What Sort Of Icing For Dam

Decorating By zespri Updated 15 Sep 2013 , 4:32am by katuri

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zespri Posted 17 Nov 2010 , 10:42pm
post #1 of 15

I'm getting a bit confused about dams. In all the tutorials I've seen, they are piped on, which goes against what I keep reading about needing a 'stiff dam' for fillings. I've seen examples of 'stiff', and had it described to me as when your knife can stand up in it. How do you even get that through the piping bag? I saw a little bit of my friends Sharon Zambito's DVD where she was holding some stiff buttercream in her hand, it looked the same sort of texture as fondant.

So do people really put icing that stiff in a piping bag? If it's so stiff, why aren't we just using fondant instead?

14 replies
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AnnieCahill Posted 17 Nov 2010 , 11:11pm
post #2 of 15

I know what you're referring to and I don't do it. I pipe my dam with regular stiff buttercream (obviously still "pipeable"), about 1/4 to 1/2 inch away from the edge of the cake. I have NEVER had any issues with bulging. If I'm using IMBC, I just pipe my dam and then refrigerate for about a half hour or so until it's rock hard. If you pipe the dam in far enough you shouldn't have to worry about bulging. Also, if you let the cake settle overnight after crumb coating you'll be able to smooth out any bulges if there are any.

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AnotherCreation Posted 17 Nov 2010 , 11:13pm
post #3 of 15

I do the same thing Sharon does in her videos and use 2 piping bags so it doesn't bust. The stiff dam is not as "stiff" as fondant. I just mix ps into my buttercream until I can roll it into a ball without it being sticky. hth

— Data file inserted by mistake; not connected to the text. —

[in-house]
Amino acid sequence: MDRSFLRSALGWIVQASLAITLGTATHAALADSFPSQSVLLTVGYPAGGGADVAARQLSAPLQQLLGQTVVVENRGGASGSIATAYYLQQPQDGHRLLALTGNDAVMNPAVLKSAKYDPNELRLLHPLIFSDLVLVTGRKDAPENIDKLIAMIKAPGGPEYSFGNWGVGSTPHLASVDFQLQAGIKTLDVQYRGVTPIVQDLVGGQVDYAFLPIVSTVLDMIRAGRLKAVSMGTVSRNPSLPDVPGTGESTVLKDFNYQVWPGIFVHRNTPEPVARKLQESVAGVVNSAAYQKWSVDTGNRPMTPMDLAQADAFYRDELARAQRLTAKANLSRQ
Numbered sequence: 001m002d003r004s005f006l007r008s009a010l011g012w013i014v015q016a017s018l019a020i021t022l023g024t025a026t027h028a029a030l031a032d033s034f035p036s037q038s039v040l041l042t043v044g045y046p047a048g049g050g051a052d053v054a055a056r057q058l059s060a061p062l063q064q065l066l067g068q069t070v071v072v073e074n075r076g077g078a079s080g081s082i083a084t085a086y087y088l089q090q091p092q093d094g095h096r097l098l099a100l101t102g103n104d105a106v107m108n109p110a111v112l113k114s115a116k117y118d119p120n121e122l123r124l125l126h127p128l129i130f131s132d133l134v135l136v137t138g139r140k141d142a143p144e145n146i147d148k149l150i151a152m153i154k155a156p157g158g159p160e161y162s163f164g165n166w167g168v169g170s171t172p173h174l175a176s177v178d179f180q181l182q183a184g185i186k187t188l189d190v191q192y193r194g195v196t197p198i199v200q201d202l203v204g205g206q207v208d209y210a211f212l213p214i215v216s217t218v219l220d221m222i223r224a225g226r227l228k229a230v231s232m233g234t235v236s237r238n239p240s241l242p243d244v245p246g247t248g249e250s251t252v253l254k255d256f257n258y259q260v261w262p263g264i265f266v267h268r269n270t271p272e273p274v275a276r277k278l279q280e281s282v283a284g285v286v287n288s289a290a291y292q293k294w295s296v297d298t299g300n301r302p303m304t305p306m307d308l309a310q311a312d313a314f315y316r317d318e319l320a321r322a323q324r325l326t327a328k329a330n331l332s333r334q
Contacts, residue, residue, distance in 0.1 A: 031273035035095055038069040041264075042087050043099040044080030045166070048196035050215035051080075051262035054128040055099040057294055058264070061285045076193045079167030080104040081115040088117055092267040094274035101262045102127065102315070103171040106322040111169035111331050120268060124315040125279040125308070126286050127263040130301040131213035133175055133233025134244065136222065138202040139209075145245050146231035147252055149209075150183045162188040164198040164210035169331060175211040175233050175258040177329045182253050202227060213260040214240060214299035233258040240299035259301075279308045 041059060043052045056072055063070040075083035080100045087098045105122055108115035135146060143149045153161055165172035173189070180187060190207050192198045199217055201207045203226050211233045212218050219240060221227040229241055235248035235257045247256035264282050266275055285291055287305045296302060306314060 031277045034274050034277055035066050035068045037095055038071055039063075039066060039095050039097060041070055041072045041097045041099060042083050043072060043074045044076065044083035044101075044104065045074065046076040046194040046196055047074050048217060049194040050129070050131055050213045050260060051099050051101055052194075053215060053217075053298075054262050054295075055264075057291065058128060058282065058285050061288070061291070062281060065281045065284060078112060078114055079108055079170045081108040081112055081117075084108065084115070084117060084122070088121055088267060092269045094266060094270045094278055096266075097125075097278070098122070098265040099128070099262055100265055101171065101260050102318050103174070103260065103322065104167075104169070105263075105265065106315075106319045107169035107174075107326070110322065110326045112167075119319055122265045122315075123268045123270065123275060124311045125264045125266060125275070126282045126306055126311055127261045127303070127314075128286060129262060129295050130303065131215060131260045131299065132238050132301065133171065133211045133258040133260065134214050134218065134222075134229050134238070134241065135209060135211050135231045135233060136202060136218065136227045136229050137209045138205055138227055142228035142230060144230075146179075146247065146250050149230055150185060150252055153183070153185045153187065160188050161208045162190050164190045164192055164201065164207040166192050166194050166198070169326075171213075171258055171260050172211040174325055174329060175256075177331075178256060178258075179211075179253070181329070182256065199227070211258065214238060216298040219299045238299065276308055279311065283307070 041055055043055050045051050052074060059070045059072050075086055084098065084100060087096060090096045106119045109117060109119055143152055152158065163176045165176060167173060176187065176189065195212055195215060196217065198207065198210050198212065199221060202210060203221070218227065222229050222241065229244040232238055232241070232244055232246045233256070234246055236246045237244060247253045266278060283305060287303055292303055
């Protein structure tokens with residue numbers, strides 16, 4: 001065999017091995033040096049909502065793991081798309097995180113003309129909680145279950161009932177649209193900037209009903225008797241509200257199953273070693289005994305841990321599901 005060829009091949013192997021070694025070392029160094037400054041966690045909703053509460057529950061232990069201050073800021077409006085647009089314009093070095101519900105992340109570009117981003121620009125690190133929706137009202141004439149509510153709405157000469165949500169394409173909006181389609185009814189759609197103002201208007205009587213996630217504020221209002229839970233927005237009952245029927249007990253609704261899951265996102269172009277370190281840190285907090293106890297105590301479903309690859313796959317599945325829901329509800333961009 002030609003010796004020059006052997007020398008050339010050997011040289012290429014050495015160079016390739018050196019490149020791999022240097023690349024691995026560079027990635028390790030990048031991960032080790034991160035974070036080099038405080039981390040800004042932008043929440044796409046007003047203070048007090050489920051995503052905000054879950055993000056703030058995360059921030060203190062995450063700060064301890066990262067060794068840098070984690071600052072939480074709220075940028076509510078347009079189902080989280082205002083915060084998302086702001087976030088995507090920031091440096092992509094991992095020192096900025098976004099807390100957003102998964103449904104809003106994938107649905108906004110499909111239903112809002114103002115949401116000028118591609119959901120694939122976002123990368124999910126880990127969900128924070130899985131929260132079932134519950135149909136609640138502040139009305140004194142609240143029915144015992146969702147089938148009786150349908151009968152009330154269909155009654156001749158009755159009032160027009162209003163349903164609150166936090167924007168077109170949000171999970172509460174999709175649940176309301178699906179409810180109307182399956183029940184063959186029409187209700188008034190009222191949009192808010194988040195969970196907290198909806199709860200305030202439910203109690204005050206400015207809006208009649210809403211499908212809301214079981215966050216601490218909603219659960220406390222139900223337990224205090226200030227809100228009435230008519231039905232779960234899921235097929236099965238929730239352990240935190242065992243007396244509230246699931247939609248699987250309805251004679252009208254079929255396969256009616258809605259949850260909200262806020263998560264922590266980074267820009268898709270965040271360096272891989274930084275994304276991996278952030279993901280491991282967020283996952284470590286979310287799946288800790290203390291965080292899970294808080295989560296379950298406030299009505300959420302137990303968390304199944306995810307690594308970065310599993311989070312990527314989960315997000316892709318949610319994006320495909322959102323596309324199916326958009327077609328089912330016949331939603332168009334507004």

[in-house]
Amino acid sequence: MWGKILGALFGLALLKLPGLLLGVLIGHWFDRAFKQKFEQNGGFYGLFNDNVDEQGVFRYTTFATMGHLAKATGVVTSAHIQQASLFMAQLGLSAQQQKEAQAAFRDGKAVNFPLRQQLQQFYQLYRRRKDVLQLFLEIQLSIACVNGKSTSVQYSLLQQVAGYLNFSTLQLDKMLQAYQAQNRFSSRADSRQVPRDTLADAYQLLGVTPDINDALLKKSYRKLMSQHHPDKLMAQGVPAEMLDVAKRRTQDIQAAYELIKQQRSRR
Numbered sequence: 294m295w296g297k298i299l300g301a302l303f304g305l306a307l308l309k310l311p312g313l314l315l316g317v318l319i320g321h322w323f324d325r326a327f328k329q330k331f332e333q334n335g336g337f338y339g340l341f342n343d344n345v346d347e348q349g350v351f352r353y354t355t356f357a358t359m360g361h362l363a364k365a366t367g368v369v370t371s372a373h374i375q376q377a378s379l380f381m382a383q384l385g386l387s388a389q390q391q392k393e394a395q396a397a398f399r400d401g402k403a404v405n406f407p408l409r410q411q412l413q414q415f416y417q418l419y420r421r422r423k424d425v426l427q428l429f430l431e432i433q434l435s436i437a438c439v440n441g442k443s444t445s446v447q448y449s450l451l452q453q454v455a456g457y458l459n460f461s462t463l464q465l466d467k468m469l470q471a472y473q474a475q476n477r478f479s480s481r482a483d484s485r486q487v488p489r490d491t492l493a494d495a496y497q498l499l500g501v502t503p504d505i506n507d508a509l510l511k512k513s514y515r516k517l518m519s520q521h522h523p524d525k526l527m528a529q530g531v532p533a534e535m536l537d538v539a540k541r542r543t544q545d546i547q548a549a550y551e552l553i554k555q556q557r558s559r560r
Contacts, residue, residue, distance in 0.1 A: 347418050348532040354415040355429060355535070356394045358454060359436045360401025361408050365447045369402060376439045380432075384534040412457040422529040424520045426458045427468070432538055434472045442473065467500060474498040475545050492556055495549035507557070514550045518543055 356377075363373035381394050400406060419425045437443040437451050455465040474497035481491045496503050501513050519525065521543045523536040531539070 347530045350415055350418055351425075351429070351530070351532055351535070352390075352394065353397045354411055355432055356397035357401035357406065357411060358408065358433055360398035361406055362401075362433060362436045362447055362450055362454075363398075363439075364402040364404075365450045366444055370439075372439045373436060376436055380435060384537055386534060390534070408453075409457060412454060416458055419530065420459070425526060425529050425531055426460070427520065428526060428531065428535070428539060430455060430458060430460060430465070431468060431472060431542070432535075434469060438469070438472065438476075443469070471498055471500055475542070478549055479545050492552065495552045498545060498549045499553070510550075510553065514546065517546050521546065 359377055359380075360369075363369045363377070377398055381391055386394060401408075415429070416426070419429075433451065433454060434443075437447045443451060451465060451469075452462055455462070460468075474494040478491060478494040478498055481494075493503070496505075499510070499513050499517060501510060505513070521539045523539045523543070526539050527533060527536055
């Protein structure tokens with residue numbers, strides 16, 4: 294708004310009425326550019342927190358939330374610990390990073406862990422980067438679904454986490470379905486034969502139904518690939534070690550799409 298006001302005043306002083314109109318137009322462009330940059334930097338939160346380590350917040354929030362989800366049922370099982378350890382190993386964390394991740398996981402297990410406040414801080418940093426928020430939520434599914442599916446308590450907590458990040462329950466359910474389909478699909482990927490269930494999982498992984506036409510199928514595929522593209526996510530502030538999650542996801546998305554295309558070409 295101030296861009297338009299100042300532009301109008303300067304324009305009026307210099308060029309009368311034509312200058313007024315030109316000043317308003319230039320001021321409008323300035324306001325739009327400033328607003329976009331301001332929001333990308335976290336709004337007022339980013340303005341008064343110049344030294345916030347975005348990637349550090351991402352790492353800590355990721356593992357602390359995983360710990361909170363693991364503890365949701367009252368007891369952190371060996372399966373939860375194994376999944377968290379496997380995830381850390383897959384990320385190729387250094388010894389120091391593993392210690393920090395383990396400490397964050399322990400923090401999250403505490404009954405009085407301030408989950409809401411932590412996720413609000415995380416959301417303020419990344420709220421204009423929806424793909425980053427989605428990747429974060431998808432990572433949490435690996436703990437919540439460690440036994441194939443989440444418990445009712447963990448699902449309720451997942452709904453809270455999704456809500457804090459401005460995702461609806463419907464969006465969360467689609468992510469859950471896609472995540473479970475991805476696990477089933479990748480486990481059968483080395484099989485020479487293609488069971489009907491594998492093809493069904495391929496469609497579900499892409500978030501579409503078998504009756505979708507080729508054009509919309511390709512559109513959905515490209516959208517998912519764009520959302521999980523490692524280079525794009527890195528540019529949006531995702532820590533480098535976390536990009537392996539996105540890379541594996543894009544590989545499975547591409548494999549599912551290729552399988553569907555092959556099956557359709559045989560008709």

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Kellbella Posted 17 Nov 2010 , 11:13pm
post #4 of 15

Ditto what Annie said! thumbs_up.gif

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metria Posted 17 Nov 2010 , 11:37pm
post #5 of 15

since i typically make IMBC, i use the cake spackle method of Toba Garret. i'll put my cake scraps into my food processor and get some nice fine crumbs. that is mixed with some BC (kinda like making cake balls). that's what i use for my dam and to patch any other oopsies on the cake.

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twinsfan Posted 18 Nov 2010 , 2:36am
post #6 of 15

Annie, I'm new to this and have noticed my cakes bulging. Can you clarify what you do? If I'm going to use BC as the filler between layers, do I need to pipe a dam and then fill it in, leaving about 1/2 inch uncovered from all the edges. Can I use the same frosting for the dam and the filler? And then when I stack the next layer on top, can I use that same frosting to frost the entire cake? I'm not understanding if I need to change the stiffness of the BC, or if I can use the same thing to do everything? Thanks!

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AnnieCahill Posted 18 Nov 2010 , 11:40am
post #7 of 15

Ok the key here, for me anyway, is to make sure the dam is far in enough so that it has time to "expand" as the cake settles, without pushing through the final coat. I will say up front that I don't ALWAYS make the buttercream for the dam stiffer. Since you're a newb with existing problems with bulging, I would recommend that you reserve some BC and add more PS to it until it is stiff but still pipeable (like what you'd use for roses).

Here's what I do:

1. Level the cake.
2. Fill the bag with your buttercream. In addition to the regular American buttercream, I also use Italian Meringue buttercream, which is a meringue-based, all butter buttercream. It's VERY soft. So when I do use IMBC, I'll put that in the fridge for a bit before I fill because the butter gets rock hard.
2a. The dam is piped from 1/4 to 1/2 inch IN from the edge of the cake. In other words, when you "draw" your ring around the cake, you will see 1/4 to 1/2 inch of cake outside your ring.
3. NEVER overfill. Only put in as much filling as will fit in the dam (i.e. don't let the filling go "over" the dam). You risk blow outs and bulges if you overfill. When you fill, you can take the filling right up to the edge of the dam, but don't "dome" the filling, if that makes sense. Everything should be level and contained within the dam.